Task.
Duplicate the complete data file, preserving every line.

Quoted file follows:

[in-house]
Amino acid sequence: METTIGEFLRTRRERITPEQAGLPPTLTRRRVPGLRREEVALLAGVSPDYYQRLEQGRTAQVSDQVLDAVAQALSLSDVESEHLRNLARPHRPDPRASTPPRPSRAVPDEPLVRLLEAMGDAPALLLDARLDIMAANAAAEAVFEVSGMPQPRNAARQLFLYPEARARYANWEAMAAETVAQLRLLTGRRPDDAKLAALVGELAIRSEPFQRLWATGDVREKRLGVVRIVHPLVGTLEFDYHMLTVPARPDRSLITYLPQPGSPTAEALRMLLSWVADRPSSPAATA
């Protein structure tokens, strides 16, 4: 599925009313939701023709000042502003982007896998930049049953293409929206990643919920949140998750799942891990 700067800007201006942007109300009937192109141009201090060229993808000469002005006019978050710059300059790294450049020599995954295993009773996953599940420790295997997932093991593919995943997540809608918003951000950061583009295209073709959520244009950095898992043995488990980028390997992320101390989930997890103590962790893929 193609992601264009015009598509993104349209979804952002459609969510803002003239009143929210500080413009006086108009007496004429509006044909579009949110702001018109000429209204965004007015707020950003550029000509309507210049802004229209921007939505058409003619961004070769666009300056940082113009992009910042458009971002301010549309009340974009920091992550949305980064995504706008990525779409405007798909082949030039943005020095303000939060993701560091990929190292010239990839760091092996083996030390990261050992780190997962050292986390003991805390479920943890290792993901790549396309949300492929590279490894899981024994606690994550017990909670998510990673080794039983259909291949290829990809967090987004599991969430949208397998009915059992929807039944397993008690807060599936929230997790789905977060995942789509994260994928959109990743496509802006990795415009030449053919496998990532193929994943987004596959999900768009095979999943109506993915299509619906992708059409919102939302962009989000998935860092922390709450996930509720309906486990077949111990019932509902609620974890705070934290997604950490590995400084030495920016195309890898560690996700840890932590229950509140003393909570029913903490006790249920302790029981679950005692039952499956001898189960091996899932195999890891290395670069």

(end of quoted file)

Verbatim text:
[in-house]
Amino acid sequence: METTIGEFLRTRRERITPEQAGLPPTLTRRRVPGLRREEVALLAGVSPDYYQRLEQGRTAQVSDQVLDAVAQALSLSDVESEHLRNLARPHRPDPRASTPPRPSRAVPDEPLVRLLEAMGDAPALLLDARLDIMAANAAAEAVFEVSGMPQPRNAARQLFLYPEARARYANWEAMAAETVAQLRLLTGRRPDDAKLAALVGELAIRSEPFQRLWATGDVREKRLGVVRIVHPLVGTLEFDYHMLTVPARPDRSLITYLPQPGSPTAEALRMLLSWVADRPSSPAATA
């Protein structure tokens, strides 16, 4: 599925009313939701023709000042502003982007896998930049049953293409929206990643919920949140998750799942891990 700067800007201006942007109300009937192109141009201090060229993808000469002005006019978050710059300059790294450049020599995954295993009773996953599940420790295997997932093991593919995943997540809608918003951000950061583009295209073709959520244009950095898992043995488990980028390997992320101390989930997890103590962790893929 193609992601264009015009598509993104349209979804952002459609969510803002003239009143929210500080413009006086108009007496004429509006044909579009949110702001018109000429209204965004007015707020950003550029000509309507210049802004229209921007939505058409003619961004070769666009300056940082113009992009910042458009971002301010549309009340974009920091992550949305980064995504706008990525779409405007798909082949030039943005020095303000939060993701560091990929190292010239990839760091092996083996030390990261050992780190997962050292986390003991805390479920943890290792993901790549396309949300492929590279490894899981024994606690994550017990909670998510990673080794039983259909291949290829990809967090987004599991969430949208397998009915059992929807039944397993008690807060599936929230997790789905977060995942789509994260994928959109990743496509802006990795415009030449053919496998990532193929994943987004596959999900768009095979999943109506993915299509619906992708059409919102939302962009989000998935860092922390709450996930509720309906486990077949111990019932509902609620974890705070934290997604950490590995400084030495920016195309890898560690996700840890932590229950509140003393909570029913903490006790249920302790029981679950005692039952499956001898189960091996899932195999890891290395670069």